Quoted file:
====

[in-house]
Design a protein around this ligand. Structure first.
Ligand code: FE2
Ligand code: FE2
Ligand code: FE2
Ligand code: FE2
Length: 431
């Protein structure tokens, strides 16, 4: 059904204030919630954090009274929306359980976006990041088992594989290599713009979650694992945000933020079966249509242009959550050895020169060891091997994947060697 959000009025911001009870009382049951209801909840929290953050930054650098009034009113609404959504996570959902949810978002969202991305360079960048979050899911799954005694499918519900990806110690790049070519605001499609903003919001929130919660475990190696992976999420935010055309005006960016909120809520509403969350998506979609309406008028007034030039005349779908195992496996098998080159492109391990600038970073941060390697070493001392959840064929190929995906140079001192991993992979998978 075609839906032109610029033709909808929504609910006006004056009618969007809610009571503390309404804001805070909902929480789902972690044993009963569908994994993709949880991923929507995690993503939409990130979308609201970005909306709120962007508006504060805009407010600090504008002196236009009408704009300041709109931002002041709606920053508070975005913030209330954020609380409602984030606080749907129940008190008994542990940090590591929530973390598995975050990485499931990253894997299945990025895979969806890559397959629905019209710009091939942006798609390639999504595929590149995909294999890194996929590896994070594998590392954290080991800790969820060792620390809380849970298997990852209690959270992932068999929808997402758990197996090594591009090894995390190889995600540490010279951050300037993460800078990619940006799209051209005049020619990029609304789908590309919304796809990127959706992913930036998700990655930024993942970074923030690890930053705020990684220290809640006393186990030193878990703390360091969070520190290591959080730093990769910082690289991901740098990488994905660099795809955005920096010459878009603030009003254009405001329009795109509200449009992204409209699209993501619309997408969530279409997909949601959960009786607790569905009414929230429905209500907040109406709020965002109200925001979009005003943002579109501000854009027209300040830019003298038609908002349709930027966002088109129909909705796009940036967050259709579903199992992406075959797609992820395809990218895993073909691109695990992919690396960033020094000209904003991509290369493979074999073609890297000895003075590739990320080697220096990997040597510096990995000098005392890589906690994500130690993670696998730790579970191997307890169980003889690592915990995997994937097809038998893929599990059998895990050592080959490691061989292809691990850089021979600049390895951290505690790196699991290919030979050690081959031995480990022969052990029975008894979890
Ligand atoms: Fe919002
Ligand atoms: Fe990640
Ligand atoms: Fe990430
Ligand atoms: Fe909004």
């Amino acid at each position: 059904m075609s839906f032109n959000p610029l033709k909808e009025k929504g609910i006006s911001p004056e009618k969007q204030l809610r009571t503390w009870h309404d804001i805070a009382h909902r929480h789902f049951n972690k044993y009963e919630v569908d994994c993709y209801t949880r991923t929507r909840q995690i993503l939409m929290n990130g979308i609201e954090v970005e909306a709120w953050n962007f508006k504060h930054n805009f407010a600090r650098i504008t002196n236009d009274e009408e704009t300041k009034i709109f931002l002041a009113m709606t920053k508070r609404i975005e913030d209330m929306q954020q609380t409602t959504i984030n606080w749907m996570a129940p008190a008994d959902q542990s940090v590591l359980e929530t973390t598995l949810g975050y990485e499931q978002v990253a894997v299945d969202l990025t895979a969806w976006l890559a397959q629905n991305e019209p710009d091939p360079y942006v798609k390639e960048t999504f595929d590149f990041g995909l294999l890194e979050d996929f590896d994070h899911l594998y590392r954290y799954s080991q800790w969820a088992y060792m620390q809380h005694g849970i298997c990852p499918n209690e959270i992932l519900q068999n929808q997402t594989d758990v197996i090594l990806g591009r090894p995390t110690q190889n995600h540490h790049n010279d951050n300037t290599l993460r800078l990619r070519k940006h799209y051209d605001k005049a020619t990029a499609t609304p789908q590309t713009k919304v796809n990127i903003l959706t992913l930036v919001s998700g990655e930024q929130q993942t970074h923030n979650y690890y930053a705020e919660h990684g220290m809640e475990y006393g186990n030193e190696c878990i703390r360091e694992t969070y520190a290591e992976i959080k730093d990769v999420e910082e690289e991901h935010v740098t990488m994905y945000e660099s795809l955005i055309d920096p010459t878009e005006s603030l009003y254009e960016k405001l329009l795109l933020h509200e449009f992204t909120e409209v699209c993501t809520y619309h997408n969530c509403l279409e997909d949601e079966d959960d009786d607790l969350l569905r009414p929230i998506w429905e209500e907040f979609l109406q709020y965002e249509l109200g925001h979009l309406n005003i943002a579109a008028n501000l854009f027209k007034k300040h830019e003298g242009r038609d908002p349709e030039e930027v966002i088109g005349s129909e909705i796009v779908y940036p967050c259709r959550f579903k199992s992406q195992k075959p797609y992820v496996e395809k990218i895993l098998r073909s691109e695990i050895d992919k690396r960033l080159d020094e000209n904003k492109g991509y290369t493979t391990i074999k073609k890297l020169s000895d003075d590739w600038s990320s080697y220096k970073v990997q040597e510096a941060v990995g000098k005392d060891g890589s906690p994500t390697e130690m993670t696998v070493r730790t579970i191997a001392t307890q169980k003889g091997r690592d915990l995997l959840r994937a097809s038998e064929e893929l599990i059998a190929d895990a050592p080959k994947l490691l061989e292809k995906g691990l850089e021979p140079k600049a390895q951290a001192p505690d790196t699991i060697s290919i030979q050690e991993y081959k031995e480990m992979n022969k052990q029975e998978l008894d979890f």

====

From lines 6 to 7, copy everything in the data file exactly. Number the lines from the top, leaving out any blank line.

Ligand code: FE2
Length: 431